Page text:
For those of you considering breeding your bitch in the next few months, please check in to determine if there is any preliminary workup that needs to be performed.

For those of you with dogs, remember to freeze semen before your dogs genetic potential is lost due to old age or health reasons.

Stallion owners should have their stallion vaccinated for Equine Viral Arteritis by the end of January. Stallions cannot be used for breeding within 30 days of vaccination, so have your veterinarian out early to get the vaccine done. Remember, if your stallion has never been vaccinated before he should have a blood titer done before vaccinating to ensure he has no antibodies and if not, then at the time of vaccination a second titer should be done to ensure there was no exposure between the time of the first titer and the vaccination.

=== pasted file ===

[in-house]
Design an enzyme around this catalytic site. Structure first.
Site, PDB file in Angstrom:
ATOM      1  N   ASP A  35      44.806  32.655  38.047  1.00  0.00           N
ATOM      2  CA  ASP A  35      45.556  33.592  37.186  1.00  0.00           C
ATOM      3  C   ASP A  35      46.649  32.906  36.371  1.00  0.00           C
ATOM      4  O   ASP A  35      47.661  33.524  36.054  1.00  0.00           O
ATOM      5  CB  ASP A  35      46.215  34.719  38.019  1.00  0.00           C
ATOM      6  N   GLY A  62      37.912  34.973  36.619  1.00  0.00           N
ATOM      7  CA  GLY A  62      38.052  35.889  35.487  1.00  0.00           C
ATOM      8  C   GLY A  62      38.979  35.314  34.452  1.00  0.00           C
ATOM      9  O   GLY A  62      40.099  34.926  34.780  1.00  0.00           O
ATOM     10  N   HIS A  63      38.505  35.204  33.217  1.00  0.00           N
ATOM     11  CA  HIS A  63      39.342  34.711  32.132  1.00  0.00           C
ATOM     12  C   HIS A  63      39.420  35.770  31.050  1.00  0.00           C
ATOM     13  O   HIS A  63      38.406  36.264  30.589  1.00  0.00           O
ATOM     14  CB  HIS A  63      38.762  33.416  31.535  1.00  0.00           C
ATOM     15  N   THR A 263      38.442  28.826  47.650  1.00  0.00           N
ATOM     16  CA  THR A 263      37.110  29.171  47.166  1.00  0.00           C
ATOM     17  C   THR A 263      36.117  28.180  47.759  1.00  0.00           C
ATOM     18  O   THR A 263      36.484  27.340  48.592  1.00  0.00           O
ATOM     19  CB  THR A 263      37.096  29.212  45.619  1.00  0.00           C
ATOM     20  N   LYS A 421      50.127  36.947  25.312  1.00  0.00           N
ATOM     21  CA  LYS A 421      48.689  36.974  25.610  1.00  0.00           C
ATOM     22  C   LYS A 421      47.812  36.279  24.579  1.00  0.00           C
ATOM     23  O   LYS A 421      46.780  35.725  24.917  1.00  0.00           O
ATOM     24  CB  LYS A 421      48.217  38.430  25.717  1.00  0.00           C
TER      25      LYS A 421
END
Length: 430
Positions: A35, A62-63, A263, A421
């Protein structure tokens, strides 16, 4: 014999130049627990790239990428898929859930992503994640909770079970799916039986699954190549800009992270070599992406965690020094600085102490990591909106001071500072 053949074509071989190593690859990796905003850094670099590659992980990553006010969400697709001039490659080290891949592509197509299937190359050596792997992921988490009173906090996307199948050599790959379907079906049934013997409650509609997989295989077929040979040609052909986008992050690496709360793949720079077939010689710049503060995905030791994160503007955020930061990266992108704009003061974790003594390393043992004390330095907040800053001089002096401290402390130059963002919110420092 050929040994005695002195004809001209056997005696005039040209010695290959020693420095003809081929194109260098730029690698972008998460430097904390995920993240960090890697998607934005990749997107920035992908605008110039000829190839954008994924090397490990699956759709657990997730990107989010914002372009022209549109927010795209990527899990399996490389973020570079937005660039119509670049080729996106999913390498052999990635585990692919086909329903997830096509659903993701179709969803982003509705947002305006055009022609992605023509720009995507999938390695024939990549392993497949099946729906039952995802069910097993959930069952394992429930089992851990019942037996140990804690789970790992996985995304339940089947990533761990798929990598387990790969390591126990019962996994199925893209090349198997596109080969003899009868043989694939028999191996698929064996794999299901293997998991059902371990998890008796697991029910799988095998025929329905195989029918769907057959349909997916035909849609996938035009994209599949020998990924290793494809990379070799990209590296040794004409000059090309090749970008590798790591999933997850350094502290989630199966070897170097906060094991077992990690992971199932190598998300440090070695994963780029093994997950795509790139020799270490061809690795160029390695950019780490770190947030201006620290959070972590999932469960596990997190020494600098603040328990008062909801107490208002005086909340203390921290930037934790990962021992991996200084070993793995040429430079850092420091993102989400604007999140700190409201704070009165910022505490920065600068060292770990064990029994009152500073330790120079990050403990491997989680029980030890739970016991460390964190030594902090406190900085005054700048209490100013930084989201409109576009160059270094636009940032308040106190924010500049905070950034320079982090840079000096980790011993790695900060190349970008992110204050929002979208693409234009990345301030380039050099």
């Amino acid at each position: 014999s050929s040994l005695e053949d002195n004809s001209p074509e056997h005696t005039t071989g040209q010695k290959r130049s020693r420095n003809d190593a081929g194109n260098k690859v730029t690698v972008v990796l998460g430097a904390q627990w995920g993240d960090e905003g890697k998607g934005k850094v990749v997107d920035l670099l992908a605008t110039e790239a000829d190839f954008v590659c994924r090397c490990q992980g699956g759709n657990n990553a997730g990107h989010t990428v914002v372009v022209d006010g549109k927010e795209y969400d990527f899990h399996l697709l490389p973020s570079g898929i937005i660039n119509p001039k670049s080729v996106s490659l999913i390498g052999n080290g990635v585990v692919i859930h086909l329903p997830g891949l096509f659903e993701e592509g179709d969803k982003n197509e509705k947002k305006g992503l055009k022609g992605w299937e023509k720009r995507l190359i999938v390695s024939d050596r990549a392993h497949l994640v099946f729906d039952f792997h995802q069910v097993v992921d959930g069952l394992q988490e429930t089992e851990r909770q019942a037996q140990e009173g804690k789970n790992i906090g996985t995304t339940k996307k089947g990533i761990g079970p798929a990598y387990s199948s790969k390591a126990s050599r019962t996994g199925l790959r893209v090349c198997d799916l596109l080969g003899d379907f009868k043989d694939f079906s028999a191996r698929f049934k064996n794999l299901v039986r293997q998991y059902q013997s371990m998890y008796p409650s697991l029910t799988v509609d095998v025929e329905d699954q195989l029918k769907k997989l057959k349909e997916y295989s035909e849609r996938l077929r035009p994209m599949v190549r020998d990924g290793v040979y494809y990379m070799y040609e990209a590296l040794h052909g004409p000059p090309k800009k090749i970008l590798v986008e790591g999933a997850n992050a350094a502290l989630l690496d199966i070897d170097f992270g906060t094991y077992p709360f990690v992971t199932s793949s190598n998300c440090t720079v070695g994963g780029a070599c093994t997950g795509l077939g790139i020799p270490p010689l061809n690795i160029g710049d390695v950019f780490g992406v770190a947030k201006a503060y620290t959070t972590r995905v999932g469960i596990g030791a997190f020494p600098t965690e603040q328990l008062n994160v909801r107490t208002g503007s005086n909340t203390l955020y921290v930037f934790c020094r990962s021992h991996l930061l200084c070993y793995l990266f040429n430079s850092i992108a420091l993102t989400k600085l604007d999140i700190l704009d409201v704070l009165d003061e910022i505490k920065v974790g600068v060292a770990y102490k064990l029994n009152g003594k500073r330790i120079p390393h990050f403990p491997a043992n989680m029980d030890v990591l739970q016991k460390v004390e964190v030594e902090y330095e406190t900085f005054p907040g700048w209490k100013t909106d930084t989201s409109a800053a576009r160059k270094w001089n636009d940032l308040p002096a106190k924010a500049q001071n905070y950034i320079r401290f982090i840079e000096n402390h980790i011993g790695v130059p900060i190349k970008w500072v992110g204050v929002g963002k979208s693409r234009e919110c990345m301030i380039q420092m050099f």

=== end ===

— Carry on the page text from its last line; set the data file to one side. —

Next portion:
Mare owners should check the EVA status of any stallion they are contemplating breeding to this year (and any year in the future). If the stallion you want to breed to does not have EVA status available (and the stallion owner is not willing to check a titer or vaccinate), chose another stallion. If he is negative, you do not need to do anything. If he is positive, then you must vaccinate your mare for EVA at least 30 days prior to breeding.

EVA is a venereally transmissible disease that is 100% preventable with good management.

Mare owners should not forget to have your mare's pregnancy evaluated at 7 - 9 months (before increasing their nutrient requirements) to ensure there has been no pregnancy loss.

Dr. Lopate is a proud member of the:

American College of Theriogenologists and Society for Theriogenology

She is also a member of:

American Association of Equine Practioners (AAEP)
European Veterinary Society for Small Animal Reproduction (EVSSAR)
International Embryo Transfer Society (IETS)
American Veterinary Medical Association (AVMA)
Oregon Veterinary Medical Association (OVMA)
Portland Veterinary Medical Association (PVMA)
Northwest Equine Practitioners Association (NEPA)